Written by: Luke St. John McKnight
During times of uncertainty and unrest there is often much discussion around the need for systems change, the societal software update. Systems change by its nature is a complex and ever evolving field, but the literature of adaptive leadership offers several tenants to think through and work from when the goal is to shift structural conditions holding a problem in place. From realizing hidden alliances to uncovering values driving behavior, systems change efforts are dictated by these forces and adaptive leadership has an approach for each. We may revisit other forces during this series but for now, the one tactic that I believe can be of immediate use for change initiatives is an understanding of the illusion of a broken system.
A reality to appreciate is that any social system is the way it is because people in that system with the most leverage want it that way. Even though it may appear dysfunctional to you and to me, there are those who benefit from the way the system functions as is. Consider the legacy of reprehensible behavior from American law enforcement when interacting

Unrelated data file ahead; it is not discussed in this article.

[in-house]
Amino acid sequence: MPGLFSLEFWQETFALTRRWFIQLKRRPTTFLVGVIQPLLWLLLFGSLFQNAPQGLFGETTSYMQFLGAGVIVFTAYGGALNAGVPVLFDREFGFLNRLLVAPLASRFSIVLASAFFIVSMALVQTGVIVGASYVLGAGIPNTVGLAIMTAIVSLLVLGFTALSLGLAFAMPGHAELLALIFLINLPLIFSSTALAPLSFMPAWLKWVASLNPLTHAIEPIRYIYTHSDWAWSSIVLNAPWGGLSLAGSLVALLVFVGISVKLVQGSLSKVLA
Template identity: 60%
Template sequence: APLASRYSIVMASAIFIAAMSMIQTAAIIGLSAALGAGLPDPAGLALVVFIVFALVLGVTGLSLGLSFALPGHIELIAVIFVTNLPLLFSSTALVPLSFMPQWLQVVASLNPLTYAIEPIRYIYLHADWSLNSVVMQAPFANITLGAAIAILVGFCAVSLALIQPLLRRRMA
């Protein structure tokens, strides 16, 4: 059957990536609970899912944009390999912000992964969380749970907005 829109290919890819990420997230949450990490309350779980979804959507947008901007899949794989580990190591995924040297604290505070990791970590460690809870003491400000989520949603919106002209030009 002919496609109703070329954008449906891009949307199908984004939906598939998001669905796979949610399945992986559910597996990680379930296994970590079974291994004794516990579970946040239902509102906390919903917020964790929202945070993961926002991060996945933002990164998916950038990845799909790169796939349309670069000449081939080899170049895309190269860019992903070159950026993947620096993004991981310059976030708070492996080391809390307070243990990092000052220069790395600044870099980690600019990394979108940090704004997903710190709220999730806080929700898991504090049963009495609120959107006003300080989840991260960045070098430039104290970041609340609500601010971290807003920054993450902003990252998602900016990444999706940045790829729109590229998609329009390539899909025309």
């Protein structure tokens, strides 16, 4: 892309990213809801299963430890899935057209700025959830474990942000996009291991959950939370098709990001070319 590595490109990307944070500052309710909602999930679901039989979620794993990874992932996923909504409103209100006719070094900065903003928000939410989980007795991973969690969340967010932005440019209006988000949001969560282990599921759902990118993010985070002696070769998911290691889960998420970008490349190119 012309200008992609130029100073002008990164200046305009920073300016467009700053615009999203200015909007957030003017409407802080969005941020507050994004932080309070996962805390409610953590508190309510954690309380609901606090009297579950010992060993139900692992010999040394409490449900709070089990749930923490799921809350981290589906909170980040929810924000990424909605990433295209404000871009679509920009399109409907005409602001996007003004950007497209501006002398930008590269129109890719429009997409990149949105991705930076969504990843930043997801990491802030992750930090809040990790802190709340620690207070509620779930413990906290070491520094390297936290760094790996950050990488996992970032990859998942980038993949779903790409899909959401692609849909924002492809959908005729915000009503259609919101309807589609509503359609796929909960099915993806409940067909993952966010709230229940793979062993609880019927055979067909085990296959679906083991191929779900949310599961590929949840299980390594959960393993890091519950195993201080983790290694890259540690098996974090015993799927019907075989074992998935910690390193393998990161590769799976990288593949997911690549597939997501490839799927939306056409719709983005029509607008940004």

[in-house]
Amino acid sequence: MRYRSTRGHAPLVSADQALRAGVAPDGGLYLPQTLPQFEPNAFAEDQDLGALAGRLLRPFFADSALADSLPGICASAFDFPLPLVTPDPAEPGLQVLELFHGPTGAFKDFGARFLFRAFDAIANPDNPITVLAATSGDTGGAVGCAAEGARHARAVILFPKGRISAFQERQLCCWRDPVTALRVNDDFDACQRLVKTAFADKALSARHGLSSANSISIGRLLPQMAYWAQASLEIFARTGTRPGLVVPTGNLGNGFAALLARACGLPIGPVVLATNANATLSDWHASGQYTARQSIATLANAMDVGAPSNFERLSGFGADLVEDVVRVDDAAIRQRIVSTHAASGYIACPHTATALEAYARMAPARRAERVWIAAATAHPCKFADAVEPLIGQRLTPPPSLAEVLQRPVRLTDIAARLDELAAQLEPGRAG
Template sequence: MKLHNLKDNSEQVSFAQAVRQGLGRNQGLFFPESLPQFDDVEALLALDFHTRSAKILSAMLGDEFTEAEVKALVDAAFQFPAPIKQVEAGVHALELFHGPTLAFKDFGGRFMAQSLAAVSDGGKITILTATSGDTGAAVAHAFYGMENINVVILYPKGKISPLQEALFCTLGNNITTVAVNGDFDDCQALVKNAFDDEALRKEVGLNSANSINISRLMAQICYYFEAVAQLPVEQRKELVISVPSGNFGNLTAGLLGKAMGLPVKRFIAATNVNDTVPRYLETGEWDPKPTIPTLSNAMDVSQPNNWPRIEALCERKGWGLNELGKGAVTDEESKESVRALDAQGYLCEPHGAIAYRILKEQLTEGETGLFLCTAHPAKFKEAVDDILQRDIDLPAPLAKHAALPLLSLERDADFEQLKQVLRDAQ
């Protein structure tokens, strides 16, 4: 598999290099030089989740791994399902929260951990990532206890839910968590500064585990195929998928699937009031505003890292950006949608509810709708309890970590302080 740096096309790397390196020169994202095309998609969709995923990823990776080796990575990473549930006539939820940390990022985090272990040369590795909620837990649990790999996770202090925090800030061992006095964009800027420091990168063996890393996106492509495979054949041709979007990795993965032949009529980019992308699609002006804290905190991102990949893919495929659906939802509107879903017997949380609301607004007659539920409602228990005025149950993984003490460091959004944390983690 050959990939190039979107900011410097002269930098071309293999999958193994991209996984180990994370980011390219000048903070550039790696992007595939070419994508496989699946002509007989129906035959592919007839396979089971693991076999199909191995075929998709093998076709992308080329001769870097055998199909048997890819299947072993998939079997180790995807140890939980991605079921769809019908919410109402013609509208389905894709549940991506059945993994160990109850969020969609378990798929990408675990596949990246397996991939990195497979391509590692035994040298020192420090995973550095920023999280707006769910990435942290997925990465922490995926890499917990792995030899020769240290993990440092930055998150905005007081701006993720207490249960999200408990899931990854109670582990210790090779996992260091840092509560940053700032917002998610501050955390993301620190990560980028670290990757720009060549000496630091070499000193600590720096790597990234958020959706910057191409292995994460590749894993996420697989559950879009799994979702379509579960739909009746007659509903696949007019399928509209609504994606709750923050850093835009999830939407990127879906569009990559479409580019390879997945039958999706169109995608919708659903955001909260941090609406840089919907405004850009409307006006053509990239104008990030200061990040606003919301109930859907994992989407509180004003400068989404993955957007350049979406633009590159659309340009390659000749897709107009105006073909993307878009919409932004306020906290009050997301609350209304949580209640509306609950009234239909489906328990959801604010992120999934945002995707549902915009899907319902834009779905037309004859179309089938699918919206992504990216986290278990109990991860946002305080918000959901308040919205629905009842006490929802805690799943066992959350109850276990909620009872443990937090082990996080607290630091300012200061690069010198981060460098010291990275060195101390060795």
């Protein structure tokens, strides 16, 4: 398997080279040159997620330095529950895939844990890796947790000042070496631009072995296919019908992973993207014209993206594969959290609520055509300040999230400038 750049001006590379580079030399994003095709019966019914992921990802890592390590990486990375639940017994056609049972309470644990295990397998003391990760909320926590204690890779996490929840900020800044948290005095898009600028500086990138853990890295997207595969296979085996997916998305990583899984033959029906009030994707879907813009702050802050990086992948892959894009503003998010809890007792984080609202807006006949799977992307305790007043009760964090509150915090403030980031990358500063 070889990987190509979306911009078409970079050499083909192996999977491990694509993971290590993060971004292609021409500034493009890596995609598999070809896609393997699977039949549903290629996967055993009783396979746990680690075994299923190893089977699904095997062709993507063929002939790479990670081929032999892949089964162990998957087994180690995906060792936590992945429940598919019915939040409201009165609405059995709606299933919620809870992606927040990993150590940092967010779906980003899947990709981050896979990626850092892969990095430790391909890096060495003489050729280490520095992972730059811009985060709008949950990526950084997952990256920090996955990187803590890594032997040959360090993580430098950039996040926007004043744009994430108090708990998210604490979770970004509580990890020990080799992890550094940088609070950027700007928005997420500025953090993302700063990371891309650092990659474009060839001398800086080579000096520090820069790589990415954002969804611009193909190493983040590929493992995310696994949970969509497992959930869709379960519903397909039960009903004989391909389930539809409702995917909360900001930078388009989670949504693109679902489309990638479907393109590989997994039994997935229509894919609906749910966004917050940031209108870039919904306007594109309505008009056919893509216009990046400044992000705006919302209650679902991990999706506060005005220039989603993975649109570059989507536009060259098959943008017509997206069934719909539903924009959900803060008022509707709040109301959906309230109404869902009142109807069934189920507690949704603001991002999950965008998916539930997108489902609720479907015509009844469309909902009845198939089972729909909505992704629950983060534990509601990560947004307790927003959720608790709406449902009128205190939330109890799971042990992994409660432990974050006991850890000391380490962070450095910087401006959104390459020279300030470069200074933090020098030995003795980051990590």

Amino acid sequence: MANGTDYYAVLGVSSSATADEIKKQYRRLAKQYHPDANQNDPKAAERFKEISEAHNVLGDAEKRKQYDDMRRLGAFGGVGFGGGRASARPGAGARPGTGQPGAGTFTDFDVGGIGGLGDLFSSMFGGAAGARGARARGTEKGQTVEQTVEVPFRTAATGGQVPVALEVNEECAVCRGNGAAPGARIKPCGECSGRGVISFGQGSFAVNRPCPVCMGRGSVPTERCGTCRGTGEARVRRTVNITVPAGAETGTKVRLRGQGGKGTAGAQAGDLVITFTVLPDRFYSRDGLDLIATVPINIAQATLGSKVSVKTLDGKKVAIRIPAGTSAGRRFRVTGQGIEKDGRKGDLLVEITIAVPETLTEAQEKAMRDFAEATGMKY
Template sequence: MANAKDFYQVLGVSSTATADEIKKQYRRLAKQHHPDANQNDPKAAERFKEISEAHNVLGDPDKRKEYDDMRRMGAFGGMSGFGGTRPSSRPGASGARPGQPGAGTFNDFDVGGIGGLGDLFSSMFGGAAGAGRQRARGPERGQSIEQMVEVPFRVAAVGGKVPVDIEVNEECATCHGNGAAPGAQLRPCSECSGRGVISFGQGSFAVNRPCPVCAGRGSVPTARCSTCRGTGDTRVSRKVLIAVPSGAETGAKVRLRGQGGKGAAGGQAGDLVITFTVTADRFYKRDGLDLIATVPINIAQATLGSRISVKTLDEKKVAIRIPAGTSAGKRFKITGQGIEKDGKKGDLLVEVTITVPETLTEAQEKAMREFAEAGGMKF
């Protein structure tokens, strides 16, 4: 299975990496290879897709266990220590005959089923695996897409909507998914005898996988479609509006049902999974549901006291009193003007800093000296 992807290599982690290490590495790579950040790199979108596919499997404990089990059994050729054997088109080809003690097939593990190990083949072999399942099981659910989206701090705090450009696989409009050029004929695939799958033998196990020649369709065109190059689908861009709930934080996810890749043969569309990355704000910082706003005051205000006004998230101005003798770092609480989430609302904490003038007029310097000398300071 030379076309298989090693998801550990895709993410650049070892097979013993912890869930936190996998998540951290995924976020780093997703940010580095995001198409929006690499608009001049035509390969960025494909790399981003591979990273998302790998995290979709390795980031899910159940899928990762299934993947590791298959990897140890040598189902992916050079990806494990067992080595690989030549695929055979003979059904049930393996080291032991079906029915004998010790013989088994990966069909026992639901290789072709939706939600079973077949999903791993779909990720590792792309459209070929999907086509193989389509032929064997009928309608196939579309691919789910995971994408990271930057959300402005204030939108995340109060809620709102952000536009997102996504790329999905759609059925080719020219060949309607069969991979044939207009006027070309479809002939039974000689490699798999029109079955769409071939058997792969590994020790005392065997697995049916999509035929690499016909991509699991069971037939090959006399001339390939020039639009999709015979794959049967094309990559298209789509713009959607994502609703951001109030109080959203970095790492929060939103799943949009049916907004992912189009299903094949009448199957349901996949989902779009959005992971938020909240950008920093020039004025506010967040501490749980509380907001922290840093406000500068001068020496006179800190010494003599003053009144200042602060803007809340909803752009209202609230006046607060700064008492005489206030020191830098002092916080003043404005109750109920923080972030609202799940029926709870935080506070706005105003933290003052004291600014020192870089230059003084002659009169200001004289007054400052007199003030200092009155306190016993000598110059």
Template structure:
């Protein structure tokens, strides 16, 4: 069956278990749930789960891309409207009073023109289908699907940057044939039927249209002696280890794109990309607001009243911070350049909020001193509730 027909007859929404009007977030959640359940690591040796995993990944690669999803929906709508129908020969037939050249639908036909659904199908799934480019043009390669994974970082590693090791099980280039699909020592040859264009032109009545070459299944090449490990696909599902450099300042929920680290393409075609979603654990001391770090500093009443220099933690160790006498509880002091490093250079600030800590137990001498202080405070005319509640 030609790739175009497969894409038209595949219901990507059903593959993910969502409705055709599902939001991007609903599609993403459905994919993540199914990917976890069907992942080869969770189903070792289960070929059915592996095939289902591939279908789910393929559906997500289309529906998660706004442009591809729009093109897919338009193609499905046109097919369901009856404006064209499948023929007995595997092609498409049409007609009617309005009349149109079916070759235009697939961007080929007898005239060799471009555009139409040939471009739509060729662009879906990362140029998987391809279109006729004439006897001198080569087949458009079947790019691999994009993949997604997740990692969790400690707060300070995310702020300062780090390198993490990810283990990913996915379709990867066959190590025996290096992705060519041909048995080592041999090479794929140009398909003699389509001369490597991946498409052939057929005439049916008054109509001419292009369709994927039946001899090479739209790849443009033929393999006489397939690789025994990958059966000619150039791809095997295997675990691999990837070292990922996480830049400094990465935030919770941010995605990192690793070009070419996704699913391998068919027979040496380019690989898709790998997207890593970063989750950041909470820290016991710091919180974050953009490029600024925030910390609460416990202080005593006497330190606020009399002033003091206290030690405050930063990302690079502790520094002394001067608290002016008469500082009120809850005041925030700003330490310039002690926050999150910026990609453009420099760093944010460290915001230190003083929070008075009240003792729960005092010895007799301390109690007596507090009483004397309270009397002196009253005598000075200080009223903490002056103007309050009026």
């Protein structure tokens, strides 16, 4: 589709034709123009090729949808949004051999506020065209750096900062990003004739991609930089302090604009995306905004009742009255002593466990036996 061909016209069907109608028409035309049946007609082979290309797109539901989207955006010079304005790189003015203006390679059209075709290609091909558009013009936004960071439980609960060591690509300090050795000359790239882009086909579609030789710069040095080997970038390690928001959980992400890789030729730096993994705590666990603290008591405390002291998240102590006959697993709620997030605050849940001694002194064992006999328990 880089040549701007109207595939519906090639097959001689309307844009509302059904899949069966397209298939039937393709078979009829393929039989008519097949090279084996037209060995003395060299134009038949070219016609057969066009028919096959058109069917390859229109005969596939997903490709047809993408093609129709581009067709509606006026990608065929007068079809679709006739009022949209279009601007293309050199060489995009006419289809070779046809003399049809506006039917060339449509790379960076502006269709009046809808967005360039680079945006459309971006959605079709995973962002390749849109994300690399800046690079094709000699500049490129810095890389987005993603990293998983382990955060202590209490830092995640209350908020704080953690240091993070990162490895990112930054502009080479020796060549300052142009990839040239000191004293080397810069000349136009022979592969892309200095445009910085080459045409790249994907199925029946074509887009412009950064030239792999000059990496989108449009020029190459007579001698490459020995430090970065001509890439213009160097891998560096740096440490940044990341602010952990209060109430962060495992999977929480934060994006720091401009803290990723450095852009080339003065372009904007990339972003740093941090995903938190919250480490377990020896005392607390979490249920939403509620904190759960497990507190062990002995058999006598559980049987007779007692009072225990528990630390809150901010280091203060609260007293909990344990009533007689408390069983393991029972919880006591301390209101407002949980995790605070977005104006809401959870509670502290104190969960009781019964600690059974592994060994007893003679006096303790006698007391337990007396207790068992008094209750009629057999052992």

with members of the black community. One may conclude the law enforcement system is broken as a result of its immediate outcomes, but when we learn that many of the cultural norms police officers practice are informed by antebellum roundup patrols tasked to hunt down enslaved Africans fleeing plantations, you see how dehumanizing acts toward black life are not an isolated incident nor from a system that is broken, but from a system operating as it was designed.
Such is the story of many other systems that require reform and redress. The key is to fully understand the system you seek to impact and understand who benefits from it working as it is.
Connect with St. John: email@example.com
This article was written as part of a series written by alumni of the Urban Leadership Development Initiative and featured in their online community, BR Leads. Each author seeks to address an element of an urban environment and how adaptive leaders can thrive in the current climate. The views expressed here do not necessarily reflect the views of MetroMorphosis or its strategies.
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